THE BHA HANDICAPPERS
Weblog: View from the team behind the official ratings
Society Rock: ran to a mark of 117 in Saturday's Sprint Cup at HaydockPICTURE: John Grossick (racingpost.com/photos)
Sprint Cup hero Society Rock gets Group 1 encore
The latest leg of the Champions Sprint Series was the Group 1 Betfred Sprint Cup run at Haydock on Saturday, writes Chris Nash.
The market was headed by two horses that had shown quality form in Group-race sprints this year, Ortensia and Bated Breath.
Unfortunately, neither seemed to show their true colours in this race, so the "pecking order" in the sprinting department is once again left open to debate.
Ortensia was reported to have suffered an overreach during the race and was eased late on and beat only one home. Bated Breath was reported to have slipped leaving the stalls but was soon travelling powerfully just in behind the leaders.
However, he could find no extra close home and finished third, beaten two lengths. On his favoured quick ground, this effort has to be rated as below his best.
The race went to Society Rock, who arrived here with a rating of 117 derived from his previous Group 1 victory in the 2011 Golden Jubilee Stakes at Royal Ascot. He had shown only reasonable form in his three runs this season but excuses could have been made for each of them.
On Saturday he left the stalls satisfactorily, raced mid-division and produced a decent finishing effort to win by three-quarters of a length.
I assessed this run as a return to his best so had him running to 117. His official rating will naturally remain the same.
Second place went to the Irish-trained Gordon Lord Byron, who produced a career best when winning a Listed race over 7f at York's Ebor meeting (running to 113) and bettered that here by returning a figure of 115. He is only a four-year-old (young enough to develop as a sprinter) and his form has a nicely progressive look.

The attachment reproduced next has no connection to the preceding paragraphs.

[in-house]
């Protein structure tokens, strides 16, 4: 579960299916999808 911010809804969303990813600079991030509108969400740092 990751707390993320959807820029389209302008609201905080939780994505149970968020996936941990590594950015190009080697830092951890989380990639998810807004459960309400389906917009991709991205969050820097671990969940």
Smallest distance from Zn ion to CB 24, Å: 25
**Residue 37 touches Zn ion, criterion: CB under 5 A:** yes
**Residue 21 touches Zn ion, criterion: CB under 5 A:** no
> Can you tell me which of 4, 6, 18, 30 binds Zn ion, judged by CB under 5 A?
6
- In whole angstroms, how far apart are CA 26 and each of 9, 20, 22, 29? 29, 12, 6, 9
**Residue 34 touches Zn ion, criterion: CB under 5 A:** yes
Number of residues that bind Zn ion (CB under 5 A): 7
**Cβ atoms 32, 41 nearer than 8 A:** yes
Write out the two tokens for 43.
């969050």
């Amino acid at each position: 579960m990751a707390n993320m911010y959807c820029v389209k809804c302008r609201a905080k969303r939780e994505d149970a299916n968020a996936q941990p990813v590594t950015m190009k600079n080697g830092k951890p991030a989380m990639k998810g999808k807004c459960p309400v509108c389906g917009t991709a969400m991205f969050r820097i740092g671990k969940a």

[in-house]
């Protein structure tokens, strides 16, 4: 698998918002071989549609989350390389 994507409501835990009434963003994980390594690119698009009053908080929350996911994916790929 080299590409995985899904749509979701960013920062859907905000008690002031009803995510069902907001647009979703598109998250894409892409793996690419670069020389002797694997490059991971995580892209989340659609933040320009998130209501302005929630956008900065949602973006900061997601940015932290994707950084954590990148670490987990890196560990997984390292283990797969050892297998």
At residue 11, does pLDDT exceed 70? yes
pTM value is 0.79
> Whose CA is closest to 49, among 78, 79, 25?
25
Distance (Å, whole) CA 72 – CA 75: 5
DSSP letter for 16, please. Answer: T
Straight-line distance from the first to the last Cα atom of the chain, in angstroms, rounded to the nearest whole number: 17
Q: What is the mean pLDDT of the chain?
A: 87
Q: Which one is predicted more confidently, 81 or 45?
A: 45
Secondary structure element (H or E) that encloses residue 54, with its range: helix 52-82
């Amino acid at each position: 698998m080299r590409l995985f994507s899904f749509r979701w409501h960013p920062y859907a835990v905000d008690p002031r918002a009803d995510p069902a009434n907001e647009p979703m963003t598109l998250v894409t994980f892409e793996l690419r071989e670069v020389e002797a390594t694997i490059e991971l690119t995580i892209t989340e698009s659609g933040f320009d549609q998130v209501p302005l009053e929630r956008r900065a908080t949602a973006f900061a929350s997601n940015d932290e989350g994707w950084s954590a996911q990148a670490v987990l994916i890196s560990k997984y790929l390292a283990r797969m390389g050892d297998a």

Bated Breath arrived rated 118 but ran a figure of 112 in this race so there seems little justification to suggest that he is definitely a better horse than Society Rock. For that reason his official rating will be trimmed to 117.
The next three home (Dandy Boy, Genki and Wizz Kid) all arrived with higher official ratings (113, 107 and 110 ) than the figures that I have them running to (110, 106 and 103) so there is some justification for thinking that I haven't taken an inflated view of this form.
There remain just two important pieces of the sprinting jigsaw to fall into place - the Prix De L'Abbaye at Longchamp on Arc weekend and the Qipco Sprint at Ascot on Champions Day.
It would be nice to think that these races might clear the somewhat muddied waters in the sprinting division and provide us with a definitive leader of the group.
DANDINO BOUNCES BACK TO FORM
Personally, I enjoy both Flat and jump racing, but occasionally people like to debate which one is better than the other, writes Stephen Hindle.
Those who prefer the jumps often cite the fact that the same faces can be seen year after year at the top level, whereas Flat racers are all too often "packed off" to stud before they can become household names. The Flat racers who stay around year after year tend to operate at a lower level. One of my favourites is the ten-year old Kames Park, who finished second in a claimer at Wolverhampton on Saturday night on his 107th career start.
I like Kames Park because he is one of those quirky customers with his own ideas about the game, but he is likeable, particularly from a handicapping perspective, because he almost always gives his running.
Not only will he run close to form with almost every run, he will do it in the same manner, starting slowly before making a strong-looking challenge and then somehow managing to run on and shirk the issue at the same time!
In comparison, Dandino has had a paltry 20 races in his career, but I think it's fair to say the five-year-old is something of a stalwart when it comes to Flat horses at the top level.